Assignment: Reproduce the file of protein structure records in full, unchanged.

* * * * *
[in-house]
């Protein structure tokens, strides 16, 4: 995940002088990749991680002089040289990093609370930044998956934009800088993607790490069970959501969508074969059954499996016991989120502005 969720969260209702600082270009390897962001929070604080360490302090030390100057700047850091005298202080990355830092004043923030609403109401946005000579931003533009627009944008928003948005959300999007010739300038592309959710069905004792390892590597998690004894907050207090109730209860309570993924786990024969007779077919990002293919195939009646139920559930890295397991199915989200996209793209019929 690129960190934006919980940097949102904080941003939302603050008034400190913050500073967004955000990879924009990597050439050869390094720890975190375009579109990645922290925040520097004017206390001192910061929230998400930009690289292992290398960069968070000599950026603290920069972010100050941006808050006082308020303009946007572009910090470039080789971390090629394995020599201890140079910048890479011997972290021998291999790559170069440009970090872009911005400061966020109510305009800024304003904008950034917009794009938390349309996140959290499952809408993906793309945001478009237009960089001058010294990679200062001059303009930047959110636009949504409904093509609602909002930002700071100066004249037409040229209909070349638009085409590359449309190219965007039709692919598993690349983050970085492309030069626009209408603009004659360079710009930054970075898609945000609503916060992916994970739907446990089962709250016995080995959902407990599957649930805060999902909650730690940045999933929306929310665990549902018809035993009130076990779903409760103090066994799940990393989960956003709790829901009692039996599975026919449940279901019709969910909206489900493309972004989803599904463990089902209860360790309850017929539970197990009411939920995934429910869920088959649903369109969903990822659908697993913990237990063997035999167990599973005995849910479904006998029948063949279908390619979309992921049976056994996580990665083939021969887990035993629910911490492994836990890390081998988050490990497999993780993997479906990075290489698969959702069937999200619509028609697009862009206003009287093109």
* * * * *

[in-house]
């Protein structure tokens, strides 16, 4: 995940002088990749991680002089040289990093609370930044998956934009800088993607790490069970959501969508074969059954499996016991989120502005 969720969260209702600082270009390897962001929070604080360490302090030390100057700047850091005298202080990355830092004043923030609403109401946005000579931003533009627009944008928003948005959300999007010739300038592309959710069905004792390892590597998690004894907050207090109730209860309570993924786990024969007779077919990002293919195939009646139920559930890295397991199915989200996209793209019929 690129960190934006919980940097949102904080941003939302603050008034400190913050500073967004955000990879924009990597050439050869390094720890975190375009579109990645922290925040520097004017206390001192910061929230998400930009690289292992290398960069968070000599950026603290920069972010100050941006808050006082308020303009946007572009910090470039080789971390090629394995020599201890140079910048890479011997972290021998291999790559170069440009970090872009911005400061966020109510305009800024304003904008950034917009794009938390349309996140959290499952809408993906793309945001478009237009960089001058010294990679200062001059303009930047959110636009949504409904093509609602909002930002700071100066004249037409040229209909070349638009085409590359449309190219965007039709692919598993690349983050970085492309030069626009209408603009004659360079710009930054970075898609945000609503916060992916994970739907446990089962709250016995080995959902407990599957649930805060999902909650730690940045999933929306929310665990549902018809035993009130076990779903409760103090066994799940990393989960956003709790829901009692039996599975026919449940279901019709969910909206489900493309972004989803599904463990089902209860360790309850017929539970197990009411939920995934429910869920088959649903369109969903990822659908697993913990237990063997035999167990599973005995849910479904006998029948063949279908390619979309992921049976056994996580990665083939021969887990035993629910911490492994836990890390081998988050490990497999993780993997479906990075290489698969959702069937999200619509028609697009862009206003009287093109």